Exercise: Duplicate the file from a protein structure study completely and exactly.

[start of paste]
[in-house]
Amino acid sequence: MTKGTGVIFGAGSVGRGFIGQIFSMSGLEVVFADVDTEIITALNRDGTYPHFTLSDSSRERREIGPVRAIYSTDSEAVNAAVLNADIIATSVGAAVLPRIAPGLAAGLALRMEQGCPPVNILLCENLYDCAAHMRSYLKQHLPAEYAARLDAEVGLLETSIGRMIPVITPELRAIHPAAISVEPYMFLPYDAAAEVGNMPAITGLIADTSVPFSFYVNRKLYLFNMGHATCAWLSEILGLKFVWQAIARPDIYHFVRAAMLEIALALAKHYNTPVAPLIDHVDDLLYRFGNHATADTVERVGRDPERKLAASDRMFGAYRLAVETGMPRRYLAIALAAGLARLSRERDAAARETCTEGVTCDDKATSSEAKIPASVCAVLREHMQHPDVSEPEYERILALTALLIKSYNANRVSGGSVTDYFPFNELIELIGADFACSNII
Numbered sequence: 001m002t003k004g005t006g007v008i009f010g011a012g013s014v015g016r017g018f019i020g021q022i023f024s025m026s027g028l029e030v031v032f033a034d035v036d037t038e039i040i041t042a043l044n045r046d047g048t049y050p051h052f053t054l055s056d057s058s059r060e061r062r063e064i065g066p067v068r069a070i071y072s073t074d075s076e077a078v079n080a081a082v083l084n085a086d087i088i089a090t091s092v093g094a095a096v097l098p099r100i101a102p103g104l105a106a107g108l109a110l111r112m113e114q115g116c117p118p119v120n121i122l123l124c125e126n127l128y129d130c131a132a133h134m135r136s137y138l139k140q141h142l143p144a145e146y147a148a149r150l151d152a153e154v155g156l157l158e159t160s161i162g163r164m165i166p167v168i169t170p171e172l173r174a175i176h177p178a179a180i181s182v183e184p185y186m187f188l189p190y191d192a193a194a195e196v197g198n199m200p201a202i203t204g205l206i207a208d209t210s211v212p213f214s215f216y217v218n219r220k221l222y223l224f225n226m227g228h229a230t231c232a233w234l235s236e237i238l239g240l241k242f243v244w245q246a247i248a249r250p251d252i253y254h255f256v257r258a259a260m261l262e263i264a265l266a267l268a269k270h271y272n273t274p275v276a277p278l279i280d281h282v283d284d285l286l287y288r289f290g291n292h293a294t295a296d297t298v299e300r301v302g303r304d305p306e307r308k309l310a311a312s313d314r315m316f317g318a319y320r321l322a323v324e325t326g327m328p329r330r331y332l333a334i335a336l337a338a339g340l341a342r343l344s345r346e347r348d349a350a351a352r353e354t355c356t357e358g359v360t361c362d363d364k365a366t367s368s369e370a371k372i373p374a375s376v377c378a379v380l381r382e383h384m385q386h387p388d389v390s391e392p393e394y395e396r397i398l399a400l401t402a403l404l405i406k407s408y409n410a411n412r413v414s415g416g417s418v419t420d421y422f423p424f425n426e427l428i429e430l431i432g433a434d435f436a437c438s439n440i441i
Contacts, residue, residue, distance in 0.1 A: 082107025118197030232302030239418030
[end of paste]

[in-house]
Amino acid sequence: MTKGTGVIFGAGSVGRGFIGQIFSMSGLEVVFADVDTEIITALNRDGTYPHFTLSDSSRERREIGPVRAIYSTDSEAVNAAVLNADIIATSVGAAVLPRIAPGLAAGLALRMEQGCPPVNILLCENLYDCAAHMRSYLKQHLPAEYAARLDAEVGLLETSIGRMIPVITPELRAIHPAAISVEPYMFLPYDAAAEVGNMPAITGLIADTSVPFSFYVNRKLYLFNMGHATCAWLSEILGLKFVWQAIARPDIYHFVRAAMLEIALALAKHYNTPVAPLIDHVDDLLYRFGNHATADTVERVGRDPERKLAASDRMFGAYRLAVETGMPRRYLAIALAAGLARLSRERDAAARETCTEGVTCDDKATSSEAKIPASVCAVLREHMQHPDVSEPEYERILALTALLIKSYNANRVSGGSVTDYFPFNELIELIGADFACSNII
Numbered sequence: 001m002t003k004g005t006g007v008i009f010g011a012g013s014v015g016r017g018f019i020g021q022i023f024s025m026s027g028l029e030v031v032f033a034d035v036d037t038e039i040i041t042a043l044n045r046d047g048t049y050p051h052f053t054l055s056d057s058s059r060e061r062r063e064i065g066p067v068r069a070i071y072s073t074d075s076e077a078v079n080a081a082v083l084n085a086d087i088i089a090t091s092v093g094a095a096v097l098p099r100i101a102p103g104l105a106a107g108l109a110l111r112m113e114q115g116c117p118p119v120n121i122l123l124c125e126n127l128y129d130c131a132a133h134m135r136s137y138l139k140q141h142l143p144a145e146y147a148a149r150l151d152a153e154v155g156l157l158e159t160s161i162g163r164m165i166p167v168i169t170p171e172l173r174a175i176h177p178a179a180i181s182v183e184p185y186m187f188l189p190y191d192a193a194a195e196v197g198n199m200p201a202i203t204g205l206i207a208d209t210s211v212p213f214s215f216y217v218n219r220k221l222y223l224f225n226m227g228h229a230t231c232a233w234l235s236e237i238l239g240l241k242f243v244w245q246a247i248a249r250p251d252i253y254h255f256v257r258a259a260m261l262e263i264a265l266a267l268a269k270h271y272n273t274p275v276a277p278l279i280d281h282v283d284d285l286l287y288r289f290g291n292h293a294t295a296d297t298v299e300r301v302g303r304d305p306e307r308k309l310a311a312s313d314r315m316f317g318a319y320r321l322a323v324e325t326g327m328p329r330r331y332l333a334i335a336l337a338a339g340l341a342r343l344s345r346e347r348d349a350a351a352r353e354t355c356t357e358g359v360t361c362d363d364k365a366t367s368s369e370a371k372i373p374a375s376v377c378a379v380l381r382e383h384m385q386h387p388d389v390s391e392p393e394y395e396r397i398l399a400l401t402a403l404l405i406k407s408y409n410a411n412r413v414s415g416g417s418v419t420d421y422f423p424f425n426e427l428i429e430l431i432g433a434d435f436a437c438s439n440i441i
Contacts, residue, residue, distance in 0.1 A: 082107025118197030232302030239418030